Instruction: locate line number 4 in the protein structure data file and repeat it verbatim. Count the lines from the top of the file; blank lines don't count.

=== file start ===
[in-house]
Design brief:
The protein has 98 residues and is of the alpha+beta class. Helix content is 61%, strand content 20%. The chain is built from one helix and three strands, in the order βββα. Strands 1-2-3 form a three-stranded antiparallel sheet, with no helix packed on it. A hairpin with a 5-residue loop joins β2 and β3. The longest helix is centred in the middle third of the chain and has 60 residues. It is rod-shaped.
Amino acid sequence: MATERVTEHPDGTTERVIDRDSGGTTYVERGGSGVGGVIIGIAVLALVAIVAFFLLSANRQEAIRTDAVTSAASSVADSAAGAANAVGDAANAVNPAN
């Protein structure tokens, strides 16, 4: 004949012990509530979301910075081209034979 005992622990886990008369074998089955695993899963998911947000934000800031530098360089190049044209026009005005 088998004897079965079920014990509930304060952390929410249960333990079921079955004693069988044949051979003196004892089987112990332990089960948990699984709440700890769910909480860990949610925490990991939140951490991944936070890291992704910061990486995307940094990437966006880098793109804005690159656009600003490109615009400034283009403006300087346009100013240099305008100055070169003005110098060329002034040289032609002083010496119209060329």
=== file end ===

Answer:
Amino acid sequence: MATERVTEHPDGTTERVIDRDSGGTTYVERGGSGVGGVIIGIAVLALVAIVAFFLLSANRQEAIRTDAVTSAASSVADSAAGAANAVGDAANAVNPAN